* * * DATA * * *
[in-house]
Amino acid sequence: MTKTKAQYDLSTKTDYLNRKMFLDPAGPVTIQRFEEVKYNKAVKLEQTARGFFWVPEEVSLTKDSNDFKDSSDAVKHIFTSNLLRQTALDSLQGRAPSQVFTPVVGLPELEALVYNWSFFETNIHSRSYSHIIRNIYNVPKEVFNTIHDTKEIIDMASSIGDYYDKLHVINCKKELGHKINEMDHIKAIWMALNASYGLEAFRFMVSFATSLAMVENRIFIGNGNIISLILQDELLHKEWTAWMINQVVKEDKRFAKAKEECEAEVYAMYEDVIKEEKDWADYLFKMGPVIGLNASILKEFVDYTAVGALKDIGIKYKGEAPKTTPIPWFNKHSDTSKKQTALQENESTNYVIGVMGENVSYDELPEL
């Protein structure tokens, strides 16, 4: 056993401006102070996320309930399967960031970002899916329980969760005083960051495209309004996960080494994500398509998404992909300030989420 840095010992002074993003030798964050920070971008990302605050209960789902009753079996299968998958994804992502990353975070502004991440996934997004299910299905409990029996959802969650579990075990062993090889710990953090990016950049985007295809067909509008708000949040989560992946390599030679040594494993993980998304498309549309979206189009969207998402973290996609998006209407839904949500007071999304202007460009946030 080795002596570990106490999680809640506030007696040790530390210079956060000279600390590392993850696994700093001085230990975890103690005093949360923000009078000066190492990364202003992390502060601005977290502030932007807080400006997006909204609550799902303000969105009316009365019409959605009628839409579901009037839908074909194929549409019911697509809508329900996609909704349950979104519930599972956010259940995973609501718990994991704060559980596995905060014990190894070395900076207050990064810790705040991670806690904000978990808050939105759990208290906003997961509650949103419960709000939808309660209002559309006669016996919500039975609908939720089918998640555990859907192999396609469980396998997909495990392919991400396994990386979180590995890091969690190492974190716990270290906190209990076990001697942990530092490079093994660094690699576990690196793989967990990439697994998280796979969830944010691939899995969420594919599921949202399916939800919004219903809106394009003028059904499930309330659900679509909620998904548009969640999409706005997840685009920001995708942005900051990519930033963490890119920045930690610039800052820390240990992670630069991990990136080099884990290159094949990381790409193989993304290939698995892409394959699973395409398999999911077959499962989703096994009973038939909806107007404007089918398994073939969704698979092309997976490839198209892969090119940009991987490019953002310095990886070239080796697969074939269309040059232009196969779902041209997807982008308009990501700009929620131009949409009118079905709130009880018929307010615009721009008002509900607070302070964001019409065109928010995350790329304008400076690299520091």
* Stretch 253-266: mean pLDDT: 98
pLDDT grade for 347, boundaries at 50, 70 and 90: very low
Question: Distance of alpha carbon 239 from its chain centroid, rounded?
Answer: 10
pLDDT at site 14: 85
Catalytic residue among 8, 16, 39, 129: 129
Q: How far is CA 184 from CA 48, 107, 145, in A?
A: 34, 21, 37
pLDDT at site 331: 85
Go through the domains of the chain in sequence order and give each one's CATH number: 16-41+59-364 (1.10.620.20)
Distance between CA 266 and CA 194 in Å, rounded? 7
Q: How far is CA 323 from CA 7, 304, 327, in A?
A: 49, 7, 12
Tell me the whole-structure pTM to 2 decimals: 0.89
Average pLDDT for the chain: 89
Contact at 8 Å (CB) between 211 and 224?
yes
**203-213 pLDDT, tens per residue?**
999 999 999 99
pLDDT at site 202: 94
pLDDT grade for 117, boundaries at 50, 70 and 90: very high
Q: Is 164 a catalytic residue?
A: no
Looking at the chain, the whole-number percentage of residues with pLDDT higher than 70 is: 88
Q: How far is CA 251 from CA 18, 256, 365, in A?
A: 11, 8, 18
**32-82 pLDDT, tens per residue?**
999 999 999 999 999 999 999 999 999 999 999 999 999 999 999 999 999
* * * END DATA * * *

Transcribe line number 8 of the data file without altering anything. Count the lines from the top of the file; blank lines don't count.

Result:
pLDDT at site 14: 85